To see all things new in Christ

Australian Provincial Fr Quyen Vu SJ reflects on the events of this month as the Ignatian Year draws to a close this week.

In June, Refugee Week reminded me of the ongoing vulnerability of so many displaced people around the world. As I shared when I became Provincial, I myself am a refugee. The refugee experience is of dislocation, uncertainty, loss of control, and vulnerability. It is also an experience of sacrifice and courage, of families and communities caring for each other, and sometimes of being welcomed generously by others. While it is not an experience you would wish on anyone, the refugee experiences being poor and humble and there can be a gift in this condition.

“To see all things new in Christ”, the theme of our Ignatian Year which draws to a close at the end of this week, is to see things through the lens of our poverty, humility, and vulnerability. To see all things in Christ means we must let our own vision be disrupted. We need to let our seeing, and our dreaming, be drawn into God’s seeing and dreaming.

At our recent Province Gathering, held at Saint Ignatius’ College, Riverview on 12 and 13 July, Fr John Dardis SJ shared a favourite word of Pope Francis, “squilibrio”. Fr Dardis is the Jesuit Superior General’s General Counsellor for Discernment and Apostolic Planning, so you might expect him to be more inclined to words that suggest certainty in planning, rather than a word that means “off balance”. Being off balance allows us to move beyond our own way of seeing and allows us to see with others, and ultimately as God does.

At the Province Gathering we heard from Susan Pascoe AM, who shared her insights into synodality, a process of walking together, listening to one another and allowing our shared dreams to grow. Spiritual conversation, which was a core part of the Gathering, is an excellent tool for this process, allowing the Holy Spirit to move in us as a collective body. I was moved by how freely and deeply participants entered into this.

Susan Pascoe AM taking a question from the audience of Jesuits and lay people at the Province Gathering.

As Jesuits we are blessed to be accompanied by so many lay companions who share our mission. In a sense we have been walking a synodal process in our Province, however inadequately, for some years. In the awarding of Companions Medals, we were able to celebrate lay people and members of other religious congregations who have journeyed with us and enriched the lives of Jesuits and those we seek to serve.

We were reminded, in a presentation by Kathleen Upfold, of the reciprocal relationships that develop between Jesuits and lay leaders in ministry. Kathleen was the Director of Kostka Hall, a junior campus of Xavier College Melbourne, as that campus closed. She bore much of the hurt and pain at that closure but shared with the Province Gathering the way being accompanied by a number of Jesuits helped her to see God, even in the moments of desolation. We are blessed to have many people of deep faith and commitment to our charism in positions of leadership in our ministries.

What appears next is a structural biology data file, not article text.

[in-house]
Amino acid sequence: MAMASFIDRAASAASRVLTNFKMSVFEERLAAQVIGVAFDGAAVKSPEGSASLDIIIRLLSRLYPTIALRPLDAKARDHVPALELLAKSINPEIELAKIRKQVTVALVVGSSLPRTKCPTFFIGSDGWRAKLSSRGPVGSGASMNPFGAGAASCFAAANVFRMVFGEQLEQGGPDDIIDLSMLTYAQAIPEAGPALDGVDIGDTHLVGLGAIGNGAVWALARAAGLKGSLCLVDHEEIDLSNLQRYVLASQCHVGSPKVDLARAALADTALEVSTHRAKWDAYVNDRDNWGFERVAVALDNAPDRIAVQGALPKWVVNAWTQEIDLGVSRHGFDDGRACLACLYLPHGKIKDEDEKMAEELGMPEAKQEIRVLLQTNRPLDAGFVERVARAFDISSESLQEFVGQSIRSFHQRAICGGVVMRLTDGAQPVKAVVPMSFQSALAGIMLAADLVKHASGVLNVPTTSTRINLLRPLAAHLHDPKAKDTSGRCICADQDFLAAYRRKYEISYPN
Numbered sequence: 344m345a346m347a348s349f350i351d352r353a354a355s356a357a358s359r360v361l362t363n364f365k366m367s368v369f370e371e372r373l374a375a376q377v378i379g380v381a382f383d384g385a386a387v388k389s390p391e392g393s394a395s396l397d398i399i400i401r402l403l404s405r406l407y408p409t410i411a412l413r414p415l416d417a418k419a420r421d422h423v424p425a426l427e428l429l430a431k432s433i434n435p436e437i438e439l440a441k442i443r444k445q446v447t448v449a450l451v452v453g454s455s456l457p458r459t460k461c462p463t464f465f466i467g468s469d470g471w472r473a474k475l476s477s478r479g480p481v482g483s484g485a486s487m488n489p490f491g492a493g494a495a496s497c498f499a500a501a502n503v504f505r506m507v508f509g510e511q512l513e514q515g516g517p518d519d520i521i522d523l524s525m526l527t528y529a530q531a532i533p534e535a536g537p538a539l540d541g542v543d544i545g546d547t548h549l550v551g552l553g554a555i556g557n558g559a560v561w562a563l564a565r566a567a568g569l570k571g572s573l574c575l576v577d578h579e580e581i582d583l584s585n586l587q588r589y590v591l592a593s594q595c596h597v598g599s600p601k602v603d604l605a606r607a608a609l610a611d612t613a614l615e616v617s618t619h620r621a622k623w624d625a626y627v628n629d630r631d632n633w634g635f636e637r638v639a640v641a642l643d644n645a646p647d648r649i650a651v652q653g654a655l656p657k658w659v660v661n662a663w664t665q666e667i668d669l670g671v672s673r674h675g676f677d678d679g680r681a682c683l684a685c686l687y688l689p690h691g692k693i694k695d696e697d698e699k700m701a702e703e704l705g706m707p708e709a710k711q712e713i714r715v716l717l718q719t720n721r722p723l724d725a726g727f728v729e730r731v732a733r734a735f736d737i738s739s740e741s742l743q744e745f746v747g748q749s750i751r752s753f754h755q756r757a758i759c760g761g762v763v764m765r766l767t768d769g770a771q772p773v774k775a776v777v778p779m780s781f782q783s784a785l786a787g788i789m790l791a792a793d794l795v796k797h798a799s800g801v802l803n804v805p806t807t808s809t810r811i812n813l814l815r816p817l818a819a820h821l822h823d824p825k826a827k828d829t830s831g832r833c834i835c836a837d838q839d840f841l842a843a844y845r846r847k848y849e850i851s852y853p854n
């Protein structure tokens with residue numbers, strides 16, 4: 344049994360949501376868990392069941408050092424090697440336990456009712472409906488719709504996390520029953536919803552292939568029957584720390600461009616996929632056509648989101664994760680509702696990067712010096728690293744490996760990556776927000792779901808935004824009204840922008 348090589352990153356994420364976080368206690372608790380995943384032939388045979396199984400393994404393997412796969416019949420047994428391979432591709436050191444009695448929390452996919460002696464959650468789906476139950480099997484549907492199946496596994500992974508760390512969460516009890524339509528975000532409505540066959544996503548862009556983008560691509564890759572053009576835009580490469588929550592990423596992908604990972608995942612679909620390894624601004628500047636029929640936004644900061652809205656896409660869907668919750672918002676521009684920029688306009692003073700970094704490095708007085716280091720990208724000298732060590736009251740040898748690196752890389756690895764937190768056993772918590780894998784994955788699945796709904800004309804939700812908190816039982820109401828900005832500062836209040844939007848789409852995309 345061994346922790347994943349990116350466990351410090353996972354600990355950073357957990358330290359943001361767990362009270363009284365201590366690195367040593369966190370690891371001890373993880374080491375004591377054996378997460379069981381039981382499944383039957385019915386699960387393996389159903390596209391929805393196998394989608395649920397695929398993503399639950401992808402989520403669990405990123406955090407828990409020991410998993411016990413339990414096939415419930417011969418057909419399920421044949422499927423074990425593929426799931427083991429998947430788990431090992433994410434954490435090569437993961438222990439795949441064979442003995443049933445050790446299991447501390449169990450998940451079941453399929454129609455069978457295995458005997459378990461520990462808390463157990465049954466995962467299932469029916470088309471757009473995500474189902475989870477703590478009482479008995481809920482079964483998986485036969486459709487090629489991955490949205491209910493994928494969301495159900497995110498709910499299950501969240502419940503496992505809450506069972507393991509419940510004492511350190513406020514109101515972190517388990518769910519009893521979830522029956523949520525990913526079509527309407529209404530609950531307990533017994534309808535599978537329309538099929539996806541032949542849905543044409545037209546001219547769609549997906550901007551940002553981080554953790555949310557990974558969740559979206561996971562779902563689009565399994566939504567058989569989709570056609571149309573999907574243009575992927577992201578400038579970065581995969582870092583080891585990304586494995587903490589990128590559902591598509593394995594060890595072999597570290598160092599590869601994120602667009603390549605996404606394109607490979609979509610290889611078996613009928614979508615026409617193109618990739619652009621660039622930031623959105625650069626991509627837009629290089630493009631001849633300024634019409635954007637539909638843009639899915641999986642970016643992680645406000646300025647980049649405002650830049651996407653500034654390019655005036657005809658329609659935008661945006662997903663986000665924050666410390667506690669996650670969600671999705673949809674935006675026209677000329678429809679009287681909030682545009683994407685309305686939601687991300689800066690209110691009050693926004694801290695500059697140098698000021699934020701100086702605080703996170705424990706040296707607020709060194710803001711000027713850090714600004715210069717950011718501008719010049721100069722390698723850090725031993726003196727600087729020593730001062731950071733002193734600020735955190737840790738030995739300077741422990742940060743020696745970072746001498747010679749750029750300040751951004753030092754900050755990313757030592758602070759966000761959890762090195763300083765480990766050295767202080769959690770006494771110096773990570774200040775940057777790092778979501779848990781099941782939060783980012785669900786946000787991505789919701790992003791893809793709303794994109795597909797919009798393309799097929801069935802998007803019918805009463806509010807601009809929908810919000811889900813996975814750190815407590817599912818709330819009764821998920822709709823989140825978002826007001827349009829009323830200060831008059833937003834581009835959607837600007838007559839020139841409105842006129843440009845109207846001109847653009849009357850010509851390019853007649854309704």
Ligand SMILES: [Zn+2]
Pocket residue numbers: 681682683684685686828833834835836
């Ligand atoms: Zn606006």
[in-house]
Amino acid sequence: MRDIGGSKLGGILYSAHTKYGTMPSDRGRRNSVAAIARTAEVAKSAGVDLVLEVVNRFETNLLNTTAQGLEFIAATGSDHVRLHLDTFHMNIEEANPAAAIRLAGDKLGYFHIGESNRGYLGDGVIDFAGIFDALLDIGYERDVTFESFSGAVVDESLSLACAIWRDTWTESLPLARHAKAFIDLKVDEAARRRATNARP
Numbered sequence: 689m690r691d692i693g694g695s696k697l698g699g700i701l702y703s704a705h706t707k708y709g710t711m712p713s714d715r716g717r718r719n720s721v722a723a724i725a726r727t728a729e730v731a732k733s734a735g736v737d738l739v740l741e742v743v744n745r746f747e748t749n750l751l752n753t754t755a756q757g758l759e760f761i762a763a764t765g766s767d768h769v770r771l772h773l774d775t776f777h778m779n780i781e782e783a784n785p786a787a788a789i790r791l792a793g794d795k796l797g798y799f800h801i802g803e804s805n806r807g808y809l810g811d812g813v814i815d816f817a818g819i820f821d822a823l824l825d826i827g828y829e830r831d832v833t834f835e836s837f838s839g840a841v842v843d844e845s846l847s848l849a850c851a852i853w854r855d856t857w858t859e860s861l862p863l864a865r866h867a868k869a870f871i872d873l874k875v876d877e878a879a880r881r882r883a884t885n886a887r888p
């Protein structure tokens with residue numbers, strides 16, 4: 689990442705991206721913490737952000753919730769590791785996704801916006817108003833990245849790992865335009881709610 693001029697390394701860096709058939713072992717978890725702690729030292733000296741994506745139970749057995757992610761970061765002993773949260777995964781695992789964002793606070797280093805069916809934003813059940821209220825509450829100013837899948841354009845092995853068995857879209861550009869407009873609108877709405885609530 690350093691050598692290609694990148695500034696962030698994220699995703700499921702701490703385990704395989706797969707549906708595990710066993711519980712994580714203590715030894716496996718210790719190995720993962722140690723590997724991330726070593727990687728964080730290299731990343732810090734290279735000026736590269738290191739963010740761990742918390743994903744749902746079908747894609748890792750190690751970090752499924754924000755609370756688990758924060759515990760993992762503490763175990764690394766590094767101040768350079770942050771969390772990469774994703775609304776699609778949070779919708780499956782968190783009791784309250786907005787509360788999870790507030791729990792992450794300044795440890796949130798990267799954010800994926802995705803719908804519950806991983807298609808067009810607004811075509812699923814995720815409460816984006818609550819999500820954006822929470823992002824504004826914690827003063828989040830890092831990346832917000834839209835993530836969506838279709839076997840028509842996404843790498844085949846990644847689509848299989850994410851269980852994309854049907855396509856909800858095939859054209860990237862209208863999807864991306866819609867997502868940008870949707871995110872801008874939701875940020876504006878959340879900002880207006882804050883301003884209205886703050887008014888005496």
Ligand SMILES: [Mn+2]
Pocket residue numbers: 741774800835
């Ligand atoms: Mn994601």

As important as our collaboration with lay people is to our life and mission, it’s also important that we Jesuits, the vowed members of the Society of Jesus, take time together to consider our shared identity as an apostolic body of men. We did this with a one-day Jesuit Assembly that followed the Gathering on 14 July. We celebrated those who have reached significant jubilees in Jesuit and priestly service. We continued to share spiritual conversation, listening across generations to the call we hear to love and serve today. We listened to each other, but always sought to hold in our conversation the desires of those we seek to accompany.

One of the moving moments of the Province Gathering, along with the Masses and prayer, the opportunity to dine together and share conversation, was listening to a panel of people in their teens and twenties. Listening to young people willing to share their faith at a time when this is so countercultural is inspiring and challenging. How do we journey with them?

Jesuits dining together at the Province Gathering.

Our panel gave some of their answers: create communities where faith can be expressed, offer opportunities of service that make real a commitment to Jesus Christ, be unashamed in our religious commitment while allowing young people to walk their own path and find their own faith. What we can do, and must do, is put ourselves in the places where young people are and accompany them on their journey. Many Jesuits and our companions already do this so well, but we are called to give ourselves more deeply to this commitment.

The week of coming together in Sydney ended with the Ordination to the Presbyterate of Brett O’Neil SJ. Just as the expression of faith by young people fills me with hope, it’s heartening to see another man willing to serve as a priest in the Church. Brett has a deep desire to serve those in need, and to use all his gifts and talents to help build the Kingdom of God amidst the challenges of today. We are humbled by the gift of himself offered for our common mission in the Society of Jesus.

Fr Quyen Vu SJ


Feature photo: Fr Quyen (right) in spiritual conversation with Jesuits and lay people at the Province Gathering.